“GOOD FUN OF A SIMPLE KIND”: 1807 EDITION OF THE PEACOCK ‘AT HOME
[DORSET, Catherine Ann]. The Peacock “At Home:” A Sequel to the Butterfly’s Ball. Written by a Lady. London: Printed for J. Harris, 1807. 16mo, original blue paper wrappers, 16 pp. Housed in a custom clamshell box. $3000.
First edition of this popular children’s poem, a sequel to The Butterfly’s Ball, which ushered in a new era in children’s books, “an era in which the moral tale was no longer dominant and levity—fun for fun’s sake—came into its own” (Morgan Library 159). Illustrated with six full-page copperplate engravings.
In January 1807, John Harris published The Butterfly’s Ball, verses written by Member of Parliament William Roscoe for the private amusement of his young son. It was reprinted several times in the following months, and in September 1807, Harris began publishing “a crop of sequels, the first of which was, for a wonder, not at all inferior to its inspiration” (Darton, 200). The Peacock At Home “tells how ‘the tenants of Air’-the birds-are envious of the splendors of the Butterfly’s Ball and hold their own feast on St. Valentine’s Day, with the Peacock as host. The guests are described one by one, and, after the dancing, supper is announced… The poem concludes with the departure of the company as they sing the dawn chorus” (Carpenter & Pritchard, 397). The first edition listed the author simply as ‘A Lady,’ but in 1809 the book was re-issued in revised form with the author identified. The Peacock At Home “was widely commended. Its popularity with parents was probably due to the fact that it combined a certain amount of instruction in natural history with the levity of its narrative. The Gentleman’s Magazine for November 1807 also suspected that it was a ‘Satire upon the manners of the times, and of the Great” (Carpenter & Pritchard). “The Peacock At Home and The Butterfly’s Ball between them achieved a sale of 40,000 copies during their first year… they certainly serve no end which Georgian morality or modern psychology could label educational. They are merely good fun of a simple kind; not bettered in that class” (Darton, 200-01). Bookplate.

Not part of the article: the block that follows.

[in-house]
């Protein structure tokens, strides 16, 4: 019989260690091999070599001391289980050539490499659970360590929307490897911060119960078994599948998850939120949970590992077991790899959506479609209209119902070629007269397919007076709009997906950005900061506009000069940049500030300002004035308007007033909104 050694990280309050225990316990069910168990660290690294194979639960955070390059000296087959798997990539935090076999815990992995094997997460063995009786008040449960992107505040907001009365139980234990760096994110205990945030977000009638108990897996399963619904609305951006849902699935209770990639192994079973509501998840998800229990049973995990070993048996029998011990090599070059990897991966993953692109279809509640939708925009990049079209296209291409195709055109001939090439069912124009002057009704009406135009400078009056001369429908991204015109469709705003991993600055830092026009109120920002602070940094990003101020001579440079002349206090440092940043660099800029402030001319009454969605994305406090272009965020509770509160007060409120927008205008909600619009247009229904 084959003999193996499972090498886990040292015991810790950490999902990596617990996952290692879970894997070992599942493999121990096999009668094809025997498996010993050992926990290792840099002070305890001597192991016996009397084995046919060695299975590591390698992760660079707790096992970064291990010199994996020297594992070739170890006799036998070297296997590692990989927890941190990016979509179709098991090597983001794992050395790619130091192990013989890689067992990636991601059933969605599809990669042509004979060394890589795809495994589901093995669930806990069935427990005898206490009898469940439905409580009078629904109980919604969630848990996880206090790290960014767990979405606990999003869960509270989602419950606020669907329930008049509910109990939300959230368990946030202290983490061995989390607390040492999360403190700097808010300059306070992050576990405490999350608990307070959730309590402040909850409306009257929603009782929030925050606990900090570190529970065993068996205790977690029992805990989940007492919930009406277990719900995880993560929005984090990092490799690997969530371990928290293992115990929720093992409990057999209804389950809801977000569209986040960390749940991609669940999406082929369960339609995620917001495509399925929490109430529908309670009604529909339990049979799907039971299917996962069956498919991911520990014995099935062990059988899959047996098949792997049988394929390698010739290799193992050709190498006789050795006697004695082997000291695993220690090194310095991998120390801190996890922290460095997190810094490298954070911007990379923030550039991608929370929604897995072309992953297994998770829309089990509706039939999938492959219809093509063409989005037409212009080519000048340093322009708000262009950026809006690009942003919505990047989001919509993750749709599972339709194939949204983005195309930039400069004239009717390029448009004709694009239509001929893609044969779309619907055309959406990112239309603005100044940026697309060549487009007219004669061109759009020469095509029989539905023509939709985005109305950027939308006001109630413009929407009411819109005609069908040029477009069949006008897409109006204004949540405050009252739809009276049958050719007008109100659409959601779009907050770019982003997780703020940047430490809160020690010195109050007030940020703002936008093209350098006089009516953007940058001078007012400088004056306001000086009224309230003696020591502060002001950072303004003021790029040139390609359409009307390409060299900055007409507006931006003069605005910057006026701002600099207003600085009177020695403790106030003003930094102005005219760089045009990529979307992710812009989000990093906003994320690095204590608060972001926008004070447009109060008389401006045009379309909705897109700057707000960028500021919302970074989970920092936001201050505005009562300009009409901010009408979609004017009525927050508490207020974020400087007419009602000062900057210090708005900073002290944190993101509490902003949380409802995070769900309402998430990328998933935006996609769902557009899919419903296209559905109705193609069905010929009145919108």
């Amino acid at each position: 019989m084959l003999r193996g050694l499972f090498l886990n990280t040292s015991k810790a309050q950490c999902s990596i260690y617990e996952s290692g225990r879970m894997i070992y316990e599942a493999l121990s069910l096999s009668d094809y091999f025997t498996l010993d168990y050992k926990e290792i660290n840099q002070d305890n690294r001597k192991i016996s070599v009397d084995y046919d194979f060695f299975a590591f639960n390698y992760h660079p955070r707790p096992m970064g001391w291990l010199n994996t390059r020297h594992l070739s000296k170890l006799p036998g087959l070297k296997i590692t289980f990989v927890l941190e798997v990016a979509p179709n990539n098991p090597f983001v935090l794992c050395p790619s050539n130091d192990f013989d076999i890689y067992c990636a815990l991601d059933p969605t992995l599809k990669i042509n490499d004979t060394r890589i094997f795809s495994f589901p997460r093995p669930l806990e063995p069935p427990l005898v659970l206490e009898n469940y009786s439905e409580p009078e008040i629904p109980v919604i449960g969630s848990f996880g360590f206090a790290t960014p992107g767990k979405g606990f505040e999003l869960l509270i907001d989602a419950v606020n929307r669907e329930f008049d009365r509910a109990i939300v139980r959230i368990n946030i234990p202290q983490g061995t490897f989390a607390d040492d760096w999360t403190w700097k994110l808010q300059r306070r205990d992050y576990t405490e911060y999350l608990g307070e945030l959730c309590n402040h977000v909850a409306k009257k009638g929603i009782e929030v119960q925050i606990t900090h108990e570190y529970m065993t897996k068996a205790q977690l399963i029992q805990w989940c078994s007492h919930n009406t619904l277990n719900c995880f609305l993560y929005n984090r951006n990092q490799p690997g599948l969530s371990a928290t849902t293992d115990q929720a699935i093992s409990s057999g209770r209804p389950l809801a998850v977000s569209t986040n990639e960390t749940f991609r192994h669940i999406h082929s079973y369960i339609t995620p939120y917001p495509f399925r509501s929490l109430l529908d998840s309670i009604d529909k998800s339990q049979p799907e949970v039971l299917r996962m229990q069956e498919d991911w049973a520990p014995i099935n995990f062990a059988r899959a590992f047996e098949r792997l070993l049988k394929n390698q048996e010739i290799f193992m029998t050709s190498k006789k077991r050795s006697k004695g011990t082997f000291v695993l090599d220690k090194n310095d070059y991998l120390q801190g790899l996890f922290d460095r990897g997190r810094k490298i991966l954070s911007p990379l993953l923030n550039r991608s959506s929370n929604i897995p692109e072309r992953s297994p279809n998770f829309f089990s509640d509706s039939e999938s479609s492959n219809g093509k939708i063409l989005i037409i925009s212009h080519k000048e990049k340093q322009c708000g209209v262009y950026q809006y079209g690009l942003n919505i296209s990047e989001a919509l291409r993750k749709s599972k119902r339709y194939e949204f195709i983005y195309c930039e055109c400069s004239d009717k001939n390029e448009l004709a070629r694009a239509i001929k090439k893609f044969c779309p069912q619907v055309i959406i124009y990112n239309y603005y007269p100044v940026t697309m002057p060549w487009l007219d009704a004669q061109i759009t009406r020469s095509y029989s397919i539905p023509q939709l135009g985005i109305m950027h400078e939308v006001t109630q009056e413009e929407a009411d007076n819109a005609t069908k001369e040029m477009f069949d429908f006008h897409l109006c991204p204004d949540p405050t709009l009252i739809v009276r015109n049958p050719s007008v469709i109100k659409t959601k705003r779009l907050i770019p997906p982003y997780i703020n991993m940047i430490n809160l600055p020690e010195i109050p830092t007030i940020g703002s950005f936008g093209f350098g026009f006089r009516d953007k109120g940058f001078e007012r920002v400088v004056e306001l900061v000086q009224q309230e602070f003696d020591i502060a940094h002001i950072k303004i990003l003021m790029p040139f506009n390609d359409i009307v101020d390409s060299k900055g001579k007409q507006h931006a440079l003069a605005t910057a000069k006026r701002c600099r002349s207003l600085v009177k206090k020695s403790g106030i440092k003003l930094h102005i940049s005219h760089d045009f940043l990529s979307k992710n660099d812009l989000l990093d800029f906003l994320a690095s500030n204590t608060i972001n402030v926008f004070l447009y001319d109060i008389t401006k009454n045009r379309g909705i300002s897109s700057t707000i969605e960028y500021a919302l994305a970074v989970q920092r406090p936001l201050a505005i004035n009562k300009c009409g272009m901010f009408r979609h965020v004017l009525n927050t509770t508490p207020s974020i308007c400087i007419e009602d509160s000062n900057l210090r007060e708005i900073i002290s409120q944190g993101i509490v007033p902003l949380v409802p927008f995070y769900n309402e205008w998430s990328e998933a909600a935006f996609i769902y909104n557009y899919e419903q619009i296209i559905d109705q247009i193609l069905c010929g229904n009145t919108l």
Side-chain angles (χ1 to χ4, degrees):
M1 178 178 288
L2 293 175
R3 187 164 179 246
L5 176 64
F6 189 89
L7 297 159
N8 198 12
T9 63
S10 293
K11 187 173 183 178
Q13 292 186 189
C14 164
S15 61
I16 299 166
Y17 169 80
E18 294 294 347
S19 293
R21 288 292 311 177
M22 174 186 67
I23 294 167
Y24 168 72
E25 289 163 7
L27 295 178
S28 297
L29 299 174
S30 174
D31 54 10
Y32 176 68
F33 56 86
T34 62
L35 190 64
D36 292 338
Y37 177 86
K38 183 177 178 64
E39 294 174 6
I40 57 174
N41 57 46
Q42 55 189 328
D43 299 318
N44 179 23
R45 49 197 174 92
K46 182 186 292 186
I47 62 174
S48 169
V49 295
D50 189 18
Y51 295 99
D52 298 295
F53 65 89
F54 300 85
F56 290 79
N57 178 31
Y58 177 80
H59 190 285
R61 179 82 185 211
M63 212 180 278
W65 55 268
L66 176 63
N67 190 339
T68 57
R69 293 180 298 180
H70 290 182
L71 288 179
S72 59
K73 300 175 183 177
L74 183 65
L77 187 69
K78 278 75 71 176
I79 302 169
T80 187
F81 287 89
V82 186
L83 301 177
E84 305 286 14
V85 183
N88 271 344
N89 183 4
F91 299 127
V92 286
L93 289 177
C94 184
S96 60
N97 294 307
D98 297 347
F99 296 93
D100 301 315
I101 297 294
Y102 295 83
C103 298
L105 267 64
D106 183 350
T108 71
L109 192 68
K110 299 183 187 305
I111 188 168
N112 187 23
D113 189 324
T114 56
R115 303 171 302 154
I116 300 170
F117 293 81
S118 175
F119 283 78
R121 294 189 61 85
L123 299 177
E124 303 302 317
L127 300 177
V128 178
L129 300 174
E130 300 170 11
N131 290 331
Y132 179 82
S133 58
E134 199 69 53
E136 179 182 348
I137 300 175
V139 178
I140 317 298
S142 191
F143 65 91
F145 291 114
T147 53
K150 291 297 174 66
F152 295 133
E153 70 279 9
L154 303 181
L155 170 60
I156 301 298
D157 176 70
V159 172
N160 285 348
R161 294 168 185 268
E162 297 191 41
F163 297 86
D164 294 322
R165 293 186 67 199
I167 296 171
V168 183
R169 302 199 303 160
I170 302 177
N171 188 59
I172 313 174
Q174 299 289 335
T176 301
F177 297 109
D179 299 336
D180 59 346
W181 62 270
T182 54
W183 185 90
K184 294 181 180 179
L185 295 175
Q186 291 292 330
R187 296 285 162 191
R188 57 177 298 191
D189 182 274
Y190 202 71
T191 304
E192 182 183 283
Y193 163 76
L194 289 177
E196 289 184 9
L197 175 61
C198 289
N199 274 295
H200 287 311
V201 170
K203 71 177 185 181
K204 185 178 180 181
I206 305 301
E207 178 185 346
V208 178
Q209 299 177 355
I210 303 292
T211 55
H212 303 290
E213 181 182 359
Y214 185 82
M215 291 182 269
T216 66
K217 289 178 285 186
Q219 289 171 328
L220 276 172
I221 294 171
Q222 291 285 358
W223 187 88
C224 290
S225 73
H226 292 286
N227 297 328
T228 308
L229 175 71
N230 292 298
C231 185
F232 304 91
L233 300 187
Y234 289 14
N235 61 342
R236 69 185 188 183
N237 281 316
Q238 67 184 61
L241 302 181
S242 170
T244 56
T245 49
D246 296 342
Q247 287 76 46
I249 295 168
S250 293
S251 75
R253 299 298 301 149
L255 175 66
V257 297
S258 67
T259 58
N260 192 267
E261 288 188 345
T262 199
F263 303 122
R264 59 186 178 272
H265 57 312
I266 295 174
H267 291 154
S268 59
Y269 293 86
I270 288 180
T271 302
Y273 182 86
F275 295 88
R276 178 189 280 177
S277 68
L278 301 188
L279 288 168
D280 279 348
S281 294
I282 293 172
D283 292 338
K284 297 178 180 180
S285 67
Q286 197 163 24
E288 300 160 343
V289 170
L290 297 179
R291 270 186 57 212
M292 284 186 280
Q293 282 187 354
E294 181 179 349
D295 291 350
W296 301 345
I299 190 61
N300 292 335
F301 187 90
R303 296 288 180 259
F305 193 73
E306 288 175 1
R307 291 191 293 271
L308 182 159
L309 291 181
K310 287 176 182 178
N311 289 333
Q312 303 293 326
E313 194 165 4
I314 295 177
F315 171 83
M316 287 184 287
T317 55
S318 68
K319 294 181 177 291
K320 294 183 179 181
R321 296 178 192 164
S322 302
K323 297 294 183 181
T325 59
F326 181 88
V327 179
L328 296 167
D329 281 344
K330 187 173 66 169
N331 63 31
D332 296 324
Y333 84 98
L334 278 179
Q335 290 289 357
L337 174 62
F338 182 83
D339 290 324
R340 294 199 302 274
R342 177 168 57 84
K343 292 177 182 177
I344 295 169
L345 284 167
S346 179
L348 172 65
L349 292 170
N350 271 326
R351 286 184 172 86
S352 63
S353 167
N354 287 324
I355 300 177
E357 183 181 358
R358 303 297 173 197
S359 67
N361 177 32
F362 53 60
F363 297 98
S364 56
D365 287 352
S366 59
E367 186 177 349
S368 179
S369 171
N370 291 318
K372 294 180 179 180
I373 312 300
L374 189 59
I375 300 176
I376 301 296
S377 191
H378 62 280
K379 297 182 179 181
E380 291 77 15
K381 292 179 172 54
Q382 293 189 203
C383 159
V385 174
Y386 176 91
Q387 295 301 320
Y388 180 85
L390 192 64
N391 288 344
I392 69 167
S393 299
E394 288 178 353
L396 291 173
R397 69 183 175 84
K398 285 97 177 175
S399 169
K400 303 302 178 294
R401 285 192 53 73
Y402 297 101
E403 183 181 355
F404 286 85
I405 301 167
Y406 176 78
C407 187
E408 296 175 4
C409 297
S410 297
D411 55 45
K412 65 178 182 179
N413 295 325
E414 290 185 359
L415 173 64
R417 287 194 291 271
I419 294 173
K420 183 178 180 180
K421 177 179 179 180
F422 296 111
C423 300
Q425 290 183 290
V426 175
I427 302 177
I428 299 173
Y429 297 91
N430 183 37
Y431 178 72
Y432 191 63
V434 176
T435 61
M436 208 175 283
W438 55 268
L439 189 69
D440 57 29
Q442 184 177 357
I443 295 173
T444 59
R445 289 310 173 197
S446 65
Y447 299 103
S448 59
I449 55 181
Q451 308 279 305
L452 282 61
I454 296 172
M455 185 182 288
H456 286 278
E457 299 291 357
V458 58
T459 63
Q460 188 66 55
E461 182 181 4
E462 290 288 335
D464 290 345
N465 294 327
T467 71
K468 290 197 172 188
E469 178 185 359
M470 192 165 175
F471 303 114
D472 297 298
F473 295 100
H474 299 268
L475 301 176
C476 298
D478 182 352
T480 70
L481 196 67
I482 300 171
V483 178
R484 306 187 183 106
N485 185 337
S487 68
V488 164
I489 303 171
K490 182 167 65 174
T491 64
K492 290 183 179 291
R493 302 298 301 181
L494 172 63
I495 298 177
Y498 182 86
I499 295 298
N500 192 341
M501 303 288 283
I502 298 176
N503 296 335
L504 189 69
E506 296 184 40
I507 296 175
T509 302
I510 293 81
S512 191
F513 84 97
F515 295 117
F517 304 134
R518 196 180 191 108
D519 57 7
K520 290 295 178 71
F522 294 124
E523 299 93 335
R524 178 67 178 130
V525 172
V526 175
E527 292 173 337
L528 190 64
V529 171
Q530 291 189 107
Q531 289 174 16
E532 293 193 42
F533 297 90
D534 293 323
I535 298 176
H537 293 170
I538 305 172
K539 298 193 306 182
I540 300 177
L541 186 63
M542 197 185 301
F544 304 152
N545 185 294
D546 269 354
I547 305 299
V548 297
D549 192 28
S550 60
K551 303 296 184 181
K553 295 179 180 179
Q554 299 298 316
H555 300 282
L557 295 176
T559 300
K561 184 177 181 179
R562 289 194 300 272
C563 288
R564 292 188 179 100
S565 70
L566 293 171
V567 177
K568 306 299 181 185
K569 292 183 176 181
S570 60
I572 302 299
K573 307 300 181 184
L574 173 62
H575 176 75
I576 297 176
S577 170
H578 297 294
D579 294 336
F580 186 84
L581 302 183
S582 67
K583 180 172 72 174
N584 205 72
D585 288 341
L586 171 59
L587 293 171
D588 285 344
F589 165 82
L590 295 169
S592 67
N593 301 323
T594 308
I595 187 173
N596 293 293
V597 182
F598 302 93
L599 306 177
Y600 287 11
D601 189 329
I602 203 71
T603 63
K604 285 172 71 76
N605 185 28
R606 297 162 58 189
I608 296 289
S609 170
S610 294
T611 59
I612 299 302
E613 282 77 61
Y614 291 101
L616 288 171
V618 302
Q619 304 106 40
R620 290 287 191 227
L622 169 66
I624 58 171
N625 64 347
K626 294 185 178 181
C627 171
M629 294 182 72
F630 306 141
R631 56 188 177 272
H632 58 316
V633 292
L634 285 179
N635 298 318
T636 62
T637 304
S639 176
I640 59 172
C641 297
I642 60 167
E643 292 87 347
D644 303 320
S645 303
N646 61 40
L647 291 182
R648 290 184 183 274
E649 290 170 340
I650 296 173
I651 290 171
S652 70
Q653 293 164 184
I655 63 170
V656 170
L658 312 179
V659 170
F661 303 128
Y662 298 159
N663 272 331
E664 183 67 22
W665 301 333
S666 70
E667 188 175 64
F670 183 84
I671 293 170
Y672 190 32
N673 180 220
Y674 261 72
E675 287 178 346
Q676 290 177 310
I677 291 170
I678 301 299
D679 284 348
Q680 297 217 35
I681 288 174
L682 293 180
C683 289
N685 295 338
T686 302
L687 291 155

Scattered foxing; very light soiling to original paper wrappers. A fine copy of this scarce children’s classic.